There are several different chart series, but just one chart series that is the closest to the approved FAA Sectional Charts, the Operational Navigation Chart Series.  These are freely available and cover the entire world.  They are also VFR charts and use the same Lambert Conical Conformal Projection.  The single difference is that the scale is 1:1,000,000.  These charts match the description “like the FAA Sectional Charts”.

The exact charts I selected are not an important factor because the original challenge did not specify any restrictions on the charts used.  To change the rules after a submission has been submitted is fraud, or “moving the goalposts”.

There was no scale mentioned, no specific projection mentioned, no stipulations on IFR vs VFR, nothing was said about how to arrange them.  The challenge was silent on any of these stipulations.

On November 6, 2018, I submitted an entry using paper flight charts.  I used real airports with weekly flights between them as the points of the triangle.  This was to satisfy any complaints about the flights not being possible.  This caused the distances and angles to be slightly off 90 degrees.  While this entry strongly disproved the idea of a flat earth by plotting out a 263 degree triangle, an impossibility on a flat earth, this entry was rejected.  I agreed as the angles and distances were not accurate enough.

Flat Out Hero and I had a conversation on the topic of the angles being slightly off 90 degrees.  This conversation was on the days around November 14, 2018.

Flat Out Hero further suggested that the points of the triangle do not need to be located at airports.  They just need to be in non-restricted airspace.  This was not specified in the original challenge so it is nothing more than a suggestion.   To change the rules after a submission has been submitted is fraud, or “moving the goalposts”.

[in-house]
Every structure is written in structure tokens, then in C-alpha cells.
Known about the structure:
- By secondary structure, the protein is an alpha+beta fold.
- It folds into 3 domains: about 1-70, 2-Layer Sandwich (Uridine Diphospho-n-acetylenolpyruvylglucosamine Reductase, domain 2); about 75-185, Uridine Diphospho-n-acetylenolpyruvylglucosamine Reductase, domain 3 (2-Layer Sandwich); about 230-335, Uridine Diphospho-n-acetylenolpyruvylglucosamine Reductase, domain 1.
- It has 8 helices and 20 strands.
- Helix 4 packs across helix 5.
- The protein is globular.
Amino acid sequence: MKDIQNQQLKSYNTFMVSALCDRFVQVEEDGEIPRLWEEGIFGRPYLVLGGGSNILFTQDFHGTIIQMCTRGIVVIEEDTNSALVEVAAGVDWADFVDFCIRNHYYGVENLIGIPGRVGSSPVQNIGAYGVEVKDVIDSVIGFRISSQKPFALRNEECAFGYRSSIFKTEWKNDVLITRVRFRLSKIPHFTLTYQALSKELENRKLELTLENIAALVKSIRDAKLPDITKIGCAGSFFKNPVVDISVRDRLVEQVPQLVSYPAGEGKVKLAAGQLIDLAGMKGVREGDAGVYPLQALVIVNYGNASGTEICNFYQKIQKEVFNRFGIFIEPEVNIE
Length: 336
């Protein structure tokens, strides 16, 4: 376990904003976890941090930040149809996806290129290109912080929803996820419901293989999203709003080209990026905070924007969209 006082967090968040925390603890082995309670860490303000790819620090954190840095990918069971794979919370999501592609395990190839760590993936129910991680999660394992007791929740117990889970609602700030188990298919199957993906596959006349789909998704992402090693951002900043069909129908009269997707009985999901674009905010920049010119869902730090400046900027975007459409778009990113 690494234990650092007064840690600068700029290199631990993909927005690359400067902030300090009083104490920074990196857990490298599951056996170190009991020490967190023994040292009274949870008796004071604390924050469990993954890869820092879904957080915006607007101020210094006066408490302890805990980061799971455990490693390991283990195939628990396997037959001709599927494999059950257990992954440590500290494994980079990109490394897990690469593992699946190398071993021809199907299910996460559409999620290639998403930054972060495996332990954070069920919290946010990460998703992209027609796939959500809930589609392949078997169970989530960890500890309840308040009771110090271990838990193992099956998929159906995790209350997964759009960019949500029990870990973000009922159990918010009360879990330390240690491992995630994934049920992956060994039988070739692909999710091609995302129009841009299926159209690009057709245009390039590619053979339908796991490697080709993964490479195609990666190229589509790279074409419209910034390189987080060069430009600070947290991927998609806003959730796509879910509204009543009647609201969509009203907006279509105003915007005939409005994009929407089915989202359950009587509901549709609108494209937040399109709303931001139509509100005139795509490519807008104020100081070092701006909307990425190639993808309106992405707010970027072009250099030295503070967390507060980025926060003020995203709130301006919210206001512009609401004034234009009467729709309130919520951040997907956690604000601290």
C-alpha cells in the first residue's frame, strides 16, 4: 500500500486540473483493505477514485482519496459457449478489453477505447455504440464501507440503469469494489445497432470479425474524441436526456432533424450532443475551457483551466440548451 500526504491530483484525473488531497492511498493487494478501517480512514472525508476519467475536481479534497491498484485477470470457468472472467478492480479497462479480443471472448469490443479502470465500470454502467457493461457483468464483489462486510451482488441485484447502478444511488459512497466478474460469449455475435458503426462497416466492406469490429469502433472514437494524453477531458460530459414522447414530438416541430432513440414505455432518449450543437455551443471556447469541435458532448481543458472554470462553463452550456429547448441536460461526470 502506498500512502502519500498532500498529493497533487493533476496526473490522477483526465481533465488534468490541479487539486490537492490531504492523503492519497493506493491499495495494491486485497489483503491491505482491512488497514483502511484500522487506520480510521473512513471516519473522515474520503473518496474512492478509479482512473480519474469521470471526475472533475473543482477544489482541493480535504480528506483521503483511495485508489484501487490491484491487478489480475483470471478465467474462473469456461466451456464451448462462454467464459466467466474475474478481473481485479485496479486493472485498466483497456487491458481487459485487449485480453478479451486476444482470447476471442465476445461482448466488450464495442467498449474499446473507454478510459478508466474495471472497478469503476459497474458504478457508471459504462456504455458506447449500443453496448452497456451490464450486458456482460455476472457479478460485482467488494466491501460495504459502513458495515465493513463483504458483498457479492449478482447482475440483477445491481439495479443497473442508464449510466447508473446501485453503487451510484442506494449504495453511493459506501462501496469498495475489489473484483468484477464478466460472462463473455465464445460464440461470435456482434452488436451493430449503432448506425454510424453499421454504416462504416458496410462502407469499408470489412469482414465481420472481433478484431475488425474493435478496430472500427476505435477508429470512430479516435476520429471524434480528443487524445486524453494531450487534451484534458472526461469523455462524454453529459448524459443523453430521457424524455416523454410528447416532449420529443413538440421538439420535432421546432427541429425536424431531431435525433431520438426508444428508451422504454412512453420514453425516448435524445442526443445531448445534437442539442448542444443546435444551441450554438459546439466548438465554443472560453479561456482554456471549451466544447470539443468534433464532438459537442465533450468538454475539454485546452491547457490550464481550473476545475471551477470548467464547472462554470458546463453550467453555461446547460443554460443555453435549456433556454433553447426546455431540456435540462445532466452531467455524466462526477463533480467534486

Piece together flight charts or if you want to use your Mercator style map, take me on a trip to the North or South Pole.  Or plot it any where else doesn’t matter anywhere that’s not restricted.  Hey if you can use airspace that we know planes fly in, fine, that’s proof.

I adjust the routes using coordinates that worked perfectly and avoided restricted airspace.  These were again plotted the ONC paper flight charts.  On Nov 30, 2018, I submitted my third entry to the challenge.

The details are listed in the description of the video and I’ll include them here:

The three points of the spherical triangle:

• Near Taratara, Namibia, Africa S18°3.49′ E20°19.22’ or -18.058167, 20.320333
• Near Snuol, Cambodia N11°57.54′ E106°18.77’ or 11.959000, 106.312833
• North of Iceland N68°18.16′ W15°35.42’or 68.302667, -15.590333

You can paste into SkyVector’s route box to see the entire route:
180444S0201913E 115720N1061833E 681800N0153525W 180444S0201913E

Each leg is exactly 5403.6 nautical miles. Each angle is 90.0 degrees.

Starting at Near Taratara, Namibia start with a heading of 85°, fly 5403.6 nautical miles straight, arrive near Snuol, Cambodia, turn 90 degrees counterclockwise.  Fly 5403.6 nautical miles, arrive North of Ireland, turn 90 degrees counterclockwise.  Fly 5403.6 nautical miles, arrive back at the starting point.

This completely satisfies the criteria.  I have not heard Flay Out Hero identify how this entry does not satisfy the criteria in the challenge.  If additional rules are added to reject this entry, it is fraud, or “moving the goalposts”.